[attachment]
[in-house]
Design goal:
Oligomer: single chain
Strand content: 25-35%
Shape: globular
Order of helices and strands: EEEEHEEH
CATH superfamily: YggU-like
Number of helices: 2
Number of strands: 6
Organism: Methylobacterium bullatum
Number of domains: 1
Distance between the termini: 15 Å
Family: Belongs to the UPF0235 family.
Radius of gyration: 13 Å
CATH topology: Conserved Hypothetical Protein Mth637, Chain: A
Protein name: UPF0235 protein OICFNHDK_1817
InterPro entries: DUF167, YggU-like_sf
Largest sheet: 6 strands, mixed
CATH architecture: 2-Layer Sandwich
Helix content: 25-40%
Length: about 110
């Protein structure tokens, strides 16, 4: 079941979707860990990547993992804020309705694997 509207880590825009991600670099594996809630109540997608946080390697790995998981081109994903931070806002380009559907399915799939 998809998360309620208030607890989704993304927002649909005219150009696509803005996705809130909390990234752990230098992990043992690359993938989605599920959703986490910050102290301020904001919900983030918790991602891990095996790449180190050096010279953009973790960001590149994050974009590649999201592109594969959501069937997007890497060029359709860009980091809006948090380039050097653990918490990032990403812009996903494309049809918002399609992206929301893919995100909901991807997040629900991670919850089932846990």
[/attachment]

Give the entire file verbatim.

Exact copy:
[in-house]
Design goal:
Oligomer: single chain
Strand content: 25-35%
Shape: globular
Order of helices and strands: EEEEHEEH
CATH superfamily: YggU-like
Number of helices: 2
Number of strands: 6
Organism: Methylobacterium bullatum
Number of domains: 1
Distance between the termini: 15 Å
Family: Belongs to the UPF0235 family.
Radius of gyration: 13 Å
CATH topology: Conserved Hypothetical Protein Mth637, Chain: A
Protein name: UPF0235 protein OICFNHDK_1817
InterPro entries: DUF167, YggU-like_sf
Largest sheet: 6 strands, mixed
CATH architecture: 2-Layer Sandwich
Helix content: 25-40%
Length: about 110
């Protein structure tokens, strides 16, 4: 079941979707860990990547993992804020309705694997 509207880590825009991600670099594996809630109540997608946080390697790995998981081109994903931070806002380009559907399915799939 998809998360309620208030607890989704993304927002649909005219150009696509803005996705809130909390990234752990230098992990043992690359993938989605599920959703986490910050102290301020904001919900983030918790991602891990095996790449180190050096010279953009973790960001590149994050974009590649999201592109594969959501069937997007890497060029359709860009980091809006948090380039050097653990918490990032990403812009996903494309049809918002399609992206929301893919995100909901991807997040629900991670919850089932846990």